Illness Delays Moussaoui Deliberations

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Zacarias Moussaoui's reaction to the news the jury had been sent home because of a sick juror was, "Moussaoui biological warfare."

The comment came as the al Qaeda conspirator was led out of the courtroom outside Washington today.

The judge scheduled deliberations to resume tomorrow, but she says the jury may not go back to work until Monday if the sick panelist doesn't recover quickly. CBS Radio News correspondent Barry Bagnato reports that the jury panel will not deliberate at all Thursday, because it can only meet as a complete group.

According to CBS News legal analyst Andrew Cohen, if the juror is seriously ill and cannot continue to deliberate at all, an alternate would be selected and deliberations — but not the whole trial — would have start again.

Today was to have been the fourth day of deliberation on whether Moussaoui should be executed or jailed for life for his role in 9/11.

The jury has deliberated for 16 hours this week.

At a short hearing with eleven jurors and the lawyers, U.S. District Judge Leonie Brinkema said when the juror called in sick, he suggested it's something the juror has had before and needs to get on medication.

She also expressed concern several times about the effect of medication on the juror, CBS' Stephanie Lambidakis reports.

"I want a juror to be 100 percent. I don't want a 90-percent juror ... this is a very stressful situation," Brinkema said.

Wednesday, the judge turned down a request from reporters from 14 news organizations to ask jurors to discuss their verdict once the trial ends.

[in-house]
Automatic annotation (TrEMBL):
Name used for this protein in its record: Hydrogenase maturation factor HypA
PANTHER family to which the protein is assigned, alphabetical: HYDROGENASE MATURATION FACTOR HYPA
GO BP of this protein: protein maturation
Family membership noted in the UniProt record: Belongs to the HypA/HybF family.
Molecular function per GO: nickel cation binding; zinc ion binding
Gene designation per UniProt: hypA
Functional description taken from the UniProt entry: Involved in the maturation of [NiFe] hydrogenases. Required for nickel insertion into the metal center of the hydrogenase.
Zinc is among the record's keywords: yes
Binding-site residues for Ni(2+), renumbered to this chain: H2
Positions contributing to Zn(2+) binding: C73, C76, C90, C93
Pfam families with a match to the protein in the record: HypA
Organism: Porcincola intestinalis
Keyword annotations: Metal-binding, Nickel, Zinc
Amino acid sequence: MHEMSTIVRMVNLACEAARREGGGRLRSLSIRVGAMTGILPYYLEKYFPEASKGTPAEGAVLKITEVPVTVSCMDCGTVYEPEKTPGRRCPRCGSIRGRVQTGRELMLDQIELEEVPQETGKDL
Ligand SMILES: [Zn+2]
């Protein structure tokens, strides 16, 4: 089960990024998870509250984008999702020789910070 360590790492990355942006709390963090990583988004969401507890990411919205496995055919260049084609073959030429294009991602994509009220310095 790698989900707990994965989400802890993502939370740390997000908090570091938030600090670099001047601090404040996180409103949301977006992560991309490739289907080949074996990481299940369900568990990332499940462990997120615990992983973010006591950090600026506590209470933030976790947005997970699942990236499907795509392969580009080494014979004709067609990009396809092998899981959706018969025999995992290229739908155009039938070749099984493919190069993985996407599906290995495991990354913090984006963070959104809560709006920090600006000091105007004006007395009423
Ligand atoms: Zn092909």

"I do not believe it is appropriate for the court to serve as an intermediary between the media and the jurors," Brinkema said in a letter to the news organizations. "Accordingly, I will not communicate your request to the jurors."

After 6 1/4 hours of work on Wednesday, the nine men and three women had deliberated for 16 hours over three days. They were to return Thursday morning.

Jurors have asked only one question — a request on Tuesday for a dictionary. U.S. District Judge Leonie Brinkema denied the request, saying that giving them a dictionary would be like placing extraneous evidence in the jury room. She said jurors could submit a written question if they needed specific definitions.

Earlier this month, this jury found Moussaoui eligible for execution. Although Moussaoui was in jail on immigration charges on Sept. 11, the jury ruled that lies he told federal agents in the month before Sept. 11 kept them from identifying and stopping some of the hijackers.
  • Joel Roberts

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